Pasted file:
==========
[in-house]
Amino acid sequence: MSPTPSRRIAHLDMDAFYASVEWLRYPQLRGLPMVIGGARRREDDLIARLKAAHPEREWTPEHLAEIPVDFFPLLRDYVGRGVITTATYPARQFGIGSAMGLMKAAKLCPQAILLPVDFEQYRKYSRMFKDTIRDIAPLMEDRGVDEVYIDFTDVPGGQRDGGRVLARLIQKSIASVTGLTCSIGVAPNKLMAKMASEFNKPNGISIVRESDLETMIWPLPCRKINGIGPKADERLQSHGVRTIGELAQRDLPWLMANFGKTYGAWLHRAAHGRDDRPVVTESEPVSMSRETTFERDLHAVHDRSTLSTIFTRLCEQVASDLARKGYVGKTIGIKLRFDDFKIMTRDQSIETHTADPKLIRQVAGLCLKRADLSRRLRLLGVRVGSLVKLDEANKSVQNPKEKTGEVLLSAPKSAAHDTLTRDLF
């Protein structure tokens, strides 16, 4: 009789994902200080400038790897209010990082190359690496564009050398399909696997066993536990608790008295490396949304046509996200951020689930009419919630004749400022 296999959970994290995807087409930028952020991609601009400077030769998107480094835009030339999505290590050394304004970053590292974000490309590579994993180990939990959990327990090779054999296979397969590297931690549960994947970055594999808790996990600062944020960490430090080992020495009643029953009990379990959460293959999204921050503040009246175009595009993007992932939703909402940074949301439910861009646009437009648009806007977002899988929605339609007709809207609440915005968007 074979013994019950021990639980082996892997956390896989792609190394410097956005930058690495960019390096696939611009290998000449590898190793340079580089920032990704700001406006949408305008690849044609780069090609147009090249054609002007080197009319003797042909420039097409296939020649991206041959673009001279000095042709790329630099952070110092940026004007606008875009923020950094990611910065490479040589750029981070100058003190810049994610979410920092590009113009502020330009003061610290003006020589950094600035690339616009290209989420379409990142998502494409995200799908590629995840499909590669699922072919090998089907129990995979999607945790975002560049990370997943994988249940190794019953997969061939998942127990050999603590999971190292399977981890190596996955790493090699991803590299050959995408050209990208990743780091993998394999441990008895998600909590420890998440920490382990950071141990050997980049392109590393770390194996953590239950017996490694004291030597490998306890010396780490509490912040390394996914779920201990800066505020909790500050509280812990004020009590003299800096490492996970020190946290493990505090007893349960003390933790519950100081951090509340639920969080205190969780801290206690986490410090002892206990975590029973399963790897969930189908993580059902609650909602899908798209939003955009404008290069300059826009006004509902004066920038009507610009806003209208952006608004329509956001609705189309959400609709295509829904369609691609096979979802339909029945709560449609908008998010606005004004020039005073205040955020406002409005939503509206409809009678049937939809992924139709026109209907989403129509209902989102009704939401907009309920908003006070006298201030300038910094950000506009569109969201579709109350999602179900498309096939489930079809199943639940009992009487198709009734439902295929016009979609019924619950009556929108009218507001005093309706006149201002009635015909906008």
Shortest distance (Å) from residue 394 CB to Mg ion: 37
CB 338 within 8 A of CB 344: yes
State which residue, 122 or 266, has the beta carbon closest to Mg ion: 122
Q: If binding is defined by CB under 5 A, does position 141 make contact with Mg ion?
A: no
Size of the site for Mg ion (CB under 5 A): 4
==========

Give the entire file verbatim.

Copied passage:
[in-house]
Amino acid sequence: MSPTPSRRIAHLDMDAFYASVEWLRYPQLRGLPMVIGGARRREDDLIARLKAAHPEREWTPEHLAEIPVDFFPLLRDYVGRGVITTATYPARQFGIGSAMGLMKAAKLCPQAILLPVDFEQYRKYSRMFKDTIRDIAPLMEDRGVDEVYIDFTDVPGGQRDGGRVLARLIQKSIASVTGLTCSIGVAPNKLMAKMASEFNKPNGISIVRESDLETMIWPLPCRKINGIGPKADERLQSHGVRTIGELAQRDLPWLMANFGKTYGAWLHRAAHGRDDRPVVTESEPVSMSRETTFERDLHAVHDRSTLSTIFTRLCEQVASDLARKGYVGKTIGIKLRFDDFKIMTRDQSIETHTADPKLIRQVAGLCLKRADLSRRLRLLGVRVGSLVKLDEANKSVQNPKEKTGEVLLSAPKSAAHDTLTRDLF
């Protein structure tokens, strides 16, 4: 009789994902200080400038790897209010990082190359690496564009050398399909696997066993536990608790008295490396949304046509996200951020689930009419919630004749400022 296999959970994290995807087409930028952020991609601009400077030769998107480094835009030339999505290590050394304004970053590292974000490309590579994993180990939990959990327990090779054999296979397969590297931690549960994947970055594999808790996990600062944020960490430090080992020495009643029953009990379990959460293959999204921050503040009246175009595009993007992932939703909402940074949301439910861009646009437009648009806007977002899988929605339609007709809207609440915005968007 074979013994019950021990639980082996892997956390896989792609190394410097956005930058690495960019390096696939611009290998000449590898190793340079580089920032990704700001406006949408305008690849044609780069090609147009090249054609002007080197009319003797042909420039097409296939020649991206041959673009001279000095042709790329630099952070110092940026004007606008875009923020950094990611910065490479040589750029981070100058003190810049994610979410920092590009113009502020330009003061610290003006020589950094600035690339616009290209989420379409990142998502494409995200799908590629995840499909590669699922072919090998089907129990995979999607945790975002560049990370997943994988249940190794019953997969061939998942127990050999603590999971190292399977981890190596996955790493090699991803590299050959995408050209990208990743780091993998394999441990008895998600909590420890998440920490382990950071141990050997980049392109590393770390194996953590239950017996490694004291030597490998306890010396780490509490912040390394996914779920201990800066505020909790500050509280812990004020009590003299800096490492996970020190946290493990505090007893349960003390933790519950100081951090509340639920969080205190969780801290206690986490410090002892206990975590029973399963790897969930189908993580059902609650909602899908798209939003955009404008290069300059826009006004509902004066920038009507610009806003209208952006608004329509956001609705189309959400609709295509829904369609691609096979979802339909029945709560449609908008998010606005004004020039005073205040955020406002409005939503509206409809009678049937939809992924139709026109209907989403129509209902989102009704939401907009309920908003006070006298201030300038910094950000506009569109969201579709109350999602179900498309096939489930079809199943639940009992009487198709009734439902295929016009979609019924619950009556929108009218507001005093309706006149201002009635015909906008």
Shortest distance (Å) from residue 394 CB to Mg ion: 37
CB 338 within 8 A of CB 344: yes
State which residue, 122 or 266, has the beta carbon closest to Mg ion: 122
Q: If binding is defined by CB under 5 A, does position 141 make contact with Mg ion?
A: no
Size of the site for Mg ion (CB under 5 A): 4